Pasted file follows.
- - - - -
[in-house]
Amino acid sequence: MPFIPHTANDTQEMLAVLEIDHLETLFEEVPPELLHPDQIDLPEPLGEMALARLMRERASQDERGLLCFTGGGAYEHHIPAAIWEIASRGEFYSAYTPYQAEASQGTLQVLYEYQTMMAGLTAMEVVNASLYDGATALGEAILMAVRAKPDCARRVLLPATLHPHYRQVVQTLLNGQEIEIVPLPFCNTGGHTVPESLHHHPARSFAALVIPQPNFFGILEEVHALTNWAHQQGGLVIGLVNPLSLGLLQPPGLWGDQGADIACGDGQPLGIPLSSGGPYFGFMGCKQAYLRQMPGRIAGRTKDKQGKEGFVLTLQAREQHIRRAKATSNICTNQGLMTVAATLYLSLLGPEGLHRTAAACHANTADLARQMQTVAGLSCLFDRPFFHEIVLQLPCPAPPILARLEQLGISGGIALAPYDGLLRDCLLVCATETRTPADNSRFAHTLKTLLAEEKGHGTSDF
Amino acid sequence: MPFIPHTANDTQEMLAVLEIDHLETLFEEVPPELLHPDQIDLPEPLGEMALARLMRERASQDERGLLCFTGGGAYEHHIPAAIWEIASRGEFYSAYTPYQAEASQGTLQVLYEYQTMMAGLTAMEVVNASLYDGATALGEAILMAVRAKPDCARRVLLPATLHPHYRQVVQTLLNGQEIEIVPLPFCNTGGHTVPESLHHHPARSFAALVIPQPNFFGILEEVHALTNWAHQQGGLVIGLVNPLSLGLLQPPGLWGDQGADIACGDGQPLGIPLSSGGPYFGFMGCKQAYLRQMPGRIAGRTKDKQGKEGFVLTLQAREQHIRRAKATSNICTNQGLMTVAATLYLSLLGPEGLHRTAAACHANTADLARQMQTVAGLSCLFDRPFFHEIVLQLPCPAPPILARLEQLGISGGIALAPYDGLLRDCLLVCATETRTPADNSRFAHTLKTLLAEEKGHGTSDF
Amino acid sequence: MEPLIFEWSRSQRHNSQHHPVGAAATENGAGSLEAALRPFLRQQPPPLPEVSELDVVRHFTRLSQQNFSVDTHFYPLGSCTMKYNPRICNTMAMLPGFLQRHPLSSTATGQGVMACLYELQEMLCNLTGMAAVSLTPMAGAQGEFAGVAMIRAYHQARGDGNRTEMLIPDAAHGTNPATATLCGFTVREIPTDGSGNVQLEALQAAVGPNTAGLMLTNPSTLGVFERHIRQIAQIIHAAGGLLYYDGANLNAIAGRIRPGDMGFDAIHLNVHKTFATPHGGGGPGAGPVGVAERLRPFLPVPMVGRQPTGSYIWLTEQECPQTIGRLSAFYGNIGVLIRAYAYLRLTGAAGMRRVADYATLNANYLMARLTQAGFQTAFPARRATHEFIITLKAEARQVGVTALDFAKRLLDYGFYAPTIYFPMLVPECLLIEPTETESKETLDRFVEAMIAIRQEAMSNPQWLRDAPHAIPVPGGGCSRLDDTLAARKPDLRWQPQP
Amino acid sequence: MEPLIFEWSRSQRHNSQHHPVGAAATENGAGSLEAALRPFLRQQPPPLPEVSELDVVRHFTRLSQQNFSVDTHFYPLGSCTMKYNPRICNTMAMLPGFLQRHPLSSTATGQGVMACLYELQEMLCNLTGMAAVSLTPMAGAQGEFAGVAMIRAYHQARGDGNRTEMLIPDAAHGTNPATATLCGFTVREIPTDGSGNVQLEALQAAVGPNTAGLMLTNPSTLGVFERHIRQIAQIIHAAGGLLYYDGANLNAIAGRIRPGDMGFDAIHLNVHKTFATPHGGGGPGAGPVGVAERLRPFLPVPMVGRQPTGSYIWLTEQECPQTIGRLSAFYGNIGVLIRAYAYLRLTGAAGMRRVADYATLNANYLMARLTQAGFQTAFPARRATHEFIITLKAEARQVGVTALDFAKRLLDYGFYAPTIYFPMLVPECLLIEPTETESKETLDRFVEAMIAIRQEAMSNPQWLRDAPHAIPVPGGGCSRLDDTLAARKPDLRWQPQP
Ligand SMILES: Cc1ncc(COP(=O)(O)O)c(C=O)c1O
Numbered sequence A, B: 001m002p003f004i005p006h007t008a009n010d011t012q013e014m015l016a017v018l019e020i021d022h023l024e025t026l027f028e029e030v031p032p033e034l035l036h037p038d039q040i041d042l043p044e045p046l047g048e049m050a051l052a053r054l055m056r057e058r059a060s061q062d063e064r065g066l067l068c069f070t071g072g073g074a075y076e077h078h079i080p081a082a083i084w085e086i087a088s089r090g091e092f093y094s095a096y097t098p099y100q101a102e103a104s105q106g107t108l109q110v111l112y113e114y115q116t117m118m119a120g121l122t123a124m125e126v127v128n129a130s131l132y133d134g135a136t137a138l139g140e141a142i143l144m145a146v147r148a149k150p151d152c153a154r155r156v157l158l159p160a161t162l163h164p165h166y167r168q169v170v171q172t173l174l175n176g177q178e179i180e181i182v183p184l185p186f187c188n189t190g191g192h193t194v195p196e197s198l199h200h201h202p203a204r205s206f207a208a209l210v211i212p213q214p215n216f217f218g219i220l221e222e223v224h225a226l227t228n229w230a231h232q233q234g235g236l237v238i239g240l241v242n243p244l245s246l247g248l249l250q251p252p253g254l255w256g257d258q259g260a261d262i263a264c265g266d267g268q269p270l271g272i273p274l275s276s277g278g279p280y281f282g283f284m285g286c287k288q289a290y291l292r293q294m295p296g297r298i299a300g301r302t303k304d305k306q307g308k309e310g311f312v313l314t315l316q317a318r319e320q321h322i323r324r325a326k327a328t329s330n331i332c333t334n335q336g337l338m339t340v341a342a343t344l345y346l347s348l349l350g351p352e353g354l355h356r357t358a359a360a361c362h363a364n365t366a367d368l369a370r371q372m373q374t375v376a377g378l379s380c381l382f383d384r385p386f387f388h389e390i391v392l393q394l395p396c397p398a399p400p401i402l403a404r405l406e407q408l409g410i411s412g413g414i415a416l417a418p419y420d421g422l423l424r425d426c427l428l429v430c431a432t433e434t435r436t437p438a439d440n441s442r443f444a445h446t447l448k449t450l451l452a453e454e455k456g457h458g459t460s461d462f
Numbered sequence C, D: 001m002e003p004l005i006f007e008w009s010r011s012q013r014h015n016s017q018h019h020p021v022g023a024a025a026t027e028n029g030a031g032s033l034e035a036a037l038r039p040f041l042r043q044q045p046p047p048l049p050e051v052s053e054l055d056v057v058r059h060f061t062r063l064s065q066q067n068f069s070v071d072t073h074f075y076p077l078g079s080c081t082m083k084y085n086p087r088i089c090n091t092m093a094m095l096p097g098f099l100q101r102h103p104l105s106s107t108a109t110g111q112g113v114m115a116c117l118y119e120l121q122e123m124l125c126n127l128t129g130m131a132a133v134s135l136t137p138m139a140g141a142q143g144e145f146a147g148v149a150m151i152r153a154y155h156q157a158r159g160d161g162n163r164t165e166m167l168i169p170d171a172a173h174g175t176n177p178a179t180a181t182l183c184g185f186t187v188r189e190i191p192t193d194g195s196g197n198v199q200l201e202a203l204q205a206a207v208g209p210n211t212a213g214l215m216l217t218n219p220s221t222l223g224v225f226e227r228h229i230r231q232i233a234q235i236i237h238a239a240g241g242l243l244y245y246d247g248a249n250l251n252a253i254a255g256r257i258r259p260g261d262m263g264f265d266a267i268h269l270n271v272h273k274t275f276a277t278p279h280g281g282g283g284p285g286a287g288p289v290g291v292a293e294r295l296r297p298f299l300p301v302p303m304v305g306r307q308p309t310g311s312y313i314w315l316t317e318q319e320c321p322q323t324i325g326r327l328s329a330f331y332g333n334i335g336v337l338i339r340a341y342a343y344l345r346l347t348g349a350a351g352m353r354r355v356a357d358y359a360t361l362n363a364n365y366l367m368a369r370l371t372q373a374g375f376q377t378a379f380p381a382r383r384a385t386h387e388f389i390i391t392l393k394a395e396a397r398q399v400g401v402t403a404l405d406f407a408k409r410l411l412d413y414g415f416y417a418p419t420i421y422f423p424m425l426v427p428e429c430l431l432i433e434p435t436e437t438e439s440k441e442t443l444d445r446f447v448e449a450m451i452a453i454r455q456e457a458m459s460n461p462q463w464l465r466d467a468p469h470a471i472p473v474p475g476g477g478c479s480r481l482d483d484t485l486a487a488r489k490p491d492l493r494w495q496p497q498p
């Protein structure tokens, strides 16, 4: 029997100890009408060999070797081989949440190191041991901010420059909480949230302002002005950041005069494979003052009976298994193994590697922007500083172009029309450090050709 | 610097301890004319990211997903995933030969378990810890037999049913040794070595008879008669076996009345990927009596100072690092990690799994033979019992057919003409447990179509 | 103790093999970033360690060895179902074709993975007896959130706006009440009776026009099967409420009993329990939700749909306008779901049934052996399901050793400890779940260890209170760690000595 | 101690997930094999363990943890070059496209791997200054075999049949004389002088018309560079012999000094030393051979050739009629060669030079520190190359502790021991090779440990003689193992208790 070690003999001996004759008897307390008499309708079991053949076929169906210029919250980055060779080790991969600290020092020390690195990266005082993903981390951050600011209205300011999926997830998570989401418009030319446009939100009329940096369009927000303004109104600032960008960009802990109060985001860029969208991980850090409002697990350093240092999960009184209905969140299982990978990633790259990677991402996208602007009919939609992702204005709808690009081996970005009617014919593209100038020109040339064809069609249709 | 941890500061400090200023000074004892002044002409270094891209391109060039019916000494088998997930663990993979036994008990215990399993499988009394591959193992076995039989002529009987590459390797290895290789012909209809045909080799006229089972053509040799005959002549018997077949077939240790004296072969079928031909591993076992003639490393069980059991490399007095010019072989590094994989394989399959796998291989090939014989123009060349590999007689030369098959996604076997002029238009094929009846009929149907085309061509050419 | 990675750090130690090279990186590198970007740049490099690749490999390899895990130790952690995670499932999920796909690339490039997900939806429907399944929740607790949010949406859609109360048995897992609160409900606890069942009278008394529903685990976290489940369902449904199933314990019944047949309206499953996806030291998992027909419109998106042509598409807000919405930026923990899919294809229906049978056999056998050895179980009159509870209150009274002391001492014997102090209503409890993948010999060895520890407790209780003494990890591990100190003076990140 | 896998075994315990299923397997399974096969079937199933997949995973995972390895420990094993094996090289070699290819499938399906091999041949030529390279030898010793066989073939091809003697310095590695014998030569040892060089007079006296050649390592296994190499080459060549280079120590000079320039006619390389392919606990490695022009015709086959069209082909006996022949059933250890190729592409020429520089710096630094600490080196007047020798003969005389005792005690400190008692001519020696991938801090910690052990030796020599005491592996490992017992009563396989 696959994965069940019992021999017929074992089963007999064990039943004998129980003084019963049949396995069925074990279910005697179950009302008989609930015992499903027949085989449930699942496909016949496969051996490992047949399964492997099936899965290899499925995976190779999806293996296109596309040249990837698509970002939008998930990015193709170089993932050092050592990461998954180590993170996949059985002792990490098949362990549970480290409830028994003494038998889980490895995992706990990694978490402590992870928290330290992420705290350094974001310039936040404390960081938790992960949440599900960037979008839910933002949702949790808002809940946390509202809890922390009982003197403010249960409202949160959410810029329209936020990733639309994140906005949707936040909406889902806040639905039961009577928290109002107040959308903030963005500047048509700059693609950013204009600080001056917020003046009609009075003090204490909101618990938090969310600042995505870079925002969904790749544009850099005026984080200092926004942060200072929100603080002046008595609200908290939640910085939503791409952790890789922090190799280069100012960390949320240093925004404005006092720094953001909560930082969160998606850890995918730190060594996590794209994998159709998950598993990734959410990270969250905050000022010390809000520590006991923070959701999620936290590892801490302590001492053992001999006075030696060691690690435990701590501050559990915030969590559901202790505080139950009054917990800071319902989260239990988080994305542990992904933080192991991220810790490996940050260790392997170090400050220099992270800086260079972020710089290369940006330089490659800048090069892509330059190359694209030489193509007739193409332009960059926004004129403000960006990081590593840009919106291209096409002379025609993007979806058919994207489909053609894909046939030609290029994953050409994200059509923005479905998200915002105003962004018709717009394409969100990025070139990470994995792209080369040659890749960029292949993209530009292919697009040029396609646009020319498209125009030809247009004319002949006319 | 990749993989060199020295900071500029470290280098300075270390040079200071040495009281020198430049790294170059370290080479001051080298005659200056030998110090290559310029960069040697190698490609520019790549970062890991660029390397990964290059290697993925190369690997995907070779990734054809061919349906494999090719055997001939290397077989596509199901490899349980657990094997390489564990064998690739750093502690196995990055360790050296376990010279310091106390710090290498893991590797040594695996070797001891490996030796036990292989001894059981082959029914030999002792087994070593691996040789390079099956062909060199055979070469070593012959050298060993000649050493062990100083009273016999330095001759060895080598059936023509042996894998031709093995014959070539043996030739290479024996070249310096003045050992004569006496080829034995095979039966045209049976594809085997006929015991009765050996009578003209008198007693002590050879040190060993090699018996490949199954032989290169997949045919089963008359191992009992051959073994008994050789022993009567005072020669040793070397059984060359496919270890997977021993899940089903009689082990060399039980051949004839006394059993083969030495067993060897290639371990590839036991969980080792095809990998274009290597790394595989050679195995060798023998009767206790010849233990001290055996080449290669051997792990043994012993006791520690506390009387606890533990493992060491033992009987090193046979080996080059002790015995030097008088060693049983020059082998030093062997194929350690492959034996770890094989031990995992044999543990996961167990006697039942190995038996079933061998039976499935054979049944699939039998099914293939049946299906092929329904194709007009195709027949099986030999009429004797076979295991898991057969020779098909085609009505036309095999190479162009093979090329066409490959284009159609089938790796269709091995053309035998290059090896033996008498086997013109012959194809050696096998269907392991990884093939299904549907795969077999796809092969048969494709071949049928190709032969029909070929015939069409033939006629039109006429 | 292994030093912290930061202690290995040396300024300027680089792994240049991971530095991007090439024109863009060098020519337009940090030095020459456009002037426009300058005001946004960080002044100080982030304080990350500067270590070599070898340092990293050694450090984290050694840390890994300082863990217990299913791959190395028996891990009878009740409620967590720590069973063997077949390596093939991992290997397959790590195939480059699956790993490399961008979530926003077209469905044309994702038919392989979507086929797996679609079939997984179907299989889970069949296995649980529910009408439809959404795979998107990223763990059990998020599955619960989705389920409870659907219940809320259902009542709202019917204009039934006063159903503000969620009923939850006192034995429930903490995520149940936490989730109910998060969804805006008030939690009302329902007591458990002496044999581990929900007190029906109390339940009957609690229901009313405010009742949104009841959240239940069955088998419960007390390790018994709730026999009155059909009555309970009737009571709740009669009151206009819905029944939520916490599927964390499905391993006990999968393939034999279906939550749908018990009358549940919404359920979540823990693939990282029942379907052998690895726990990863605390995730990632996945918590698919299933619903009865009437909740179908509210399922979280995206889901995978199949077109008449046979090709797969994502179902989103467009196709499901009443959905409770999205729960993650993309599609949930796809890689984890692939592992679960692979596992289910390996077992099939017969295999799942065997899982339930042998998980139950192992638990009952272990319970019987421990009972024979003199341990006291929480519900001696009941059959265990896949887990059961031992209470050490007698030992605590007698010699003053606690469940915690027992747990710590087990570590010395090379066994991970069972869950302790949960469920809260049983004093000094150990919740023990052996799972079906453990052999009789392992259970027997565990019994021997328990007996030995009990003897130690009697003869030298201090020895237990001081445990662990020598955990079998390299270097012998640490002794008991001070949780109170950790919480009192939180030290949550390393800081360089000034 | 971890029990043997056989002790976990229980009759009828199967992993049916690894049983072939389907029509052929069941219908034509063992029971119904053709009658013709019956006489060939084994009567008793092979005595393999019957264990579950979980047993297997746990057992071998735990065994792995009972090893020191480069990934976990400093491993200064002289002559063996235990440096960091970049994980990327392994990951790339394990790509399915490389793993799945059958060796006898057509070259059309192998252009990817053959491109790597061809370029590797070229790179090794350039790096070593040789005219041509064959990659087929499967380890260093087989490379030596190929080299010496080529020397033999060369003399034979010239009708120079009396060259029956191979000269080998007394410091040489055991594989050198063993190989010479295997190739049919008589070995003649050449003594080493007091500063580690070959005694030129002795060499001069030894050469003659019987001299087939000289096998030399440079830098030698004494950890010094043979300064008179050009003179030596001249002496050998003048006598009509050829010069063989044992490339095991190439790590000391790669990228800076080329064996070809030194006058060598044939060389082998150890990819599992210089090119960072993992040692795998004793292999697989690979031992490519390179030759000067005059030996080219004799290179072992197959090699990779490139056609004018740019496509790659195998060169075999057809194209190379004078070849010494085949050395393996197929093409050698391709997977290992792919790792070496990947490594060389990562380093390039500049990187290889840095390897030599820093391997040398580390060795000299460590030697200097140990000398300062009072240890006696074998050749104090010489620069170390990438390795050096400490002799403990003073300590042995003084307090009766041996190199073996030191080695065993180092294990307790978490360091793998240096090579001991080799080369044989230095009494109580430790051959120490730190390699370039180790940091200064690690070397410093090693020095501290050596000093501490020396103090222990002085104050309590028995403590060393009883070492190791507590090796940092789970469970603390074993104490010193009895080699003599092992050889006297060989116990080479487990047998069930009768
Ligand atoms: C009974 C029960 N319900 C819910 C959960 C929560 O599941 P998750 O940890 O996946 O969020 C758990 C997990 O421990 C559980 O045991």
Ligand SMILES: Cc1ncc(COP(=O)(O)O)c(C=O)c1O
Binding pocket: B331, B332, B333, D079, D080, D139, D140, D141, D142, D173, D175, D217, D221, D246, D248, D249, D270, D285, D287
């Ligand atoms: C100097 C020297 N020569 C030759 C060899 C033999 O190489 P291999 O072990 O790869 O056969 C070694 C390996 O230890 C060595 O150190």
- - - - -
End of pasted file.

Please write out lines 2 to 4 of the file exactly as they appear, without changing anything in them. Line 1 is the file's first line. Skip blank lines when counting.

Amino acid sequence: MPFIPHTANDTQEMLAVLEIDHLETLFEEVPPELLHPDQIDLPEPLGEMALARLMRERASQDERGLLCFTGGGAYEHHIPAAIWEIASRGEFYSAYTPYQAEASQGTLQVLYEYQTMMAGLTAMEVVNASLYDGATALGEAILMAVRAKPDCARRVLLPATLHPHYRQVVQTLLNGQEIEIVPLPFCNTGGHTVPESLHHHPARSFAALVIPQPNFFGILEEVHALTNWAHQQGGLVIGLVNPLSLGLLQPPGLWGDQGADIACGDGQPLGIPLSSGGPYFGFMGCKQAYLRQMPGRIAGRTKDKQGKEGFVLTLQAREQHIRRAKATSNICTNQGLMTVAATLYLSLLGPEGLHRTAAACHANTADLARQMQTVAGLSCLFDRPFFHEIVLQLPCPAPPILARLEQLGISGGIALAPYDGLLRDCLLVCATETRTPADNSRFAHTLKTLLAEEKGHGTSDF
Amino acid sequence: MPFIPHTANDTQEMLAVLEIDHLETLFEEVPPELLHPDQIDLPEPLGEMALARLMRERASQDERGLLCFTGGGAYEHHIPAAIWEIASRGEFYSAYTPYQAEASQGTLQVLYEYQTMMAGLTAMEVVNASLYDGATALGEAILMAVRAKPDCARRVLLPATLHPHYRQVVQTLLNGQEIEIVPLPFCNTGGHTVPESLHHHPARSFAALVIPQPNFFGILEEVHALTNWAHQQGGLVIGLVNPLSLGLLQPPGLWGDQGADIACGDGQPLGIPLSSGGPYFGFMGCKQAYLRQMPGRIAGRTKDKQGKEGFVLTLQAREQHIRRAKATSNICTNQGLMTVAATLYLSLLGPEGLHRTAAACHANTADLARQMQTVAGLSCLFDRPFFHEIVLQLPCPAPPILARLEQLGISGGIALAPYDGLLRDCLLVCATETRTPADNSRFAHTLKTLLAEEKGHGTSDF
Amino acid sequence: MEPLIFEWSRSQRHNSQHHPVGAAATENGAGSLEAALRPFLRQQPPPLPEVSELDVVRHFTRLSQQNFSVDTHFYPLGSCTMKYNPRICNTMAMLPGFLQRHPLSSTATGQGVMACLYELQEMLCNLTGMAAVSLTPMAGAQGEFAGVAMIRAYHQARGDGNRTEMLIPDAAHGTNPATATLCGFTVREIPTDGSGNVQLEALQAAVGPNTAGLMLTNPSTLGVFERHIRQIAQIIHAAGGLLYYDGANLNAIAGRIRPGDMGFDAIHLNVHKTFATPHGGGGPGAGPVGVAERLRPFLPVPMVGRQPTGSYIWLTEQECPQTIGRLSAFYGNIGVLIRAYAYLRLTGAAGMRRVADYATLNANYLMARLTQAGFQTAFPARRATHEFIITLKAEARQVGVTALDFAKRLLDYGFYAPTIYFPMLVPECLLIEPTETESKETLDRFVEAMIAIRQEAMSNPQWLRDAPHAIPVPGGGCSRLDDTLAARKPDLRWQPQP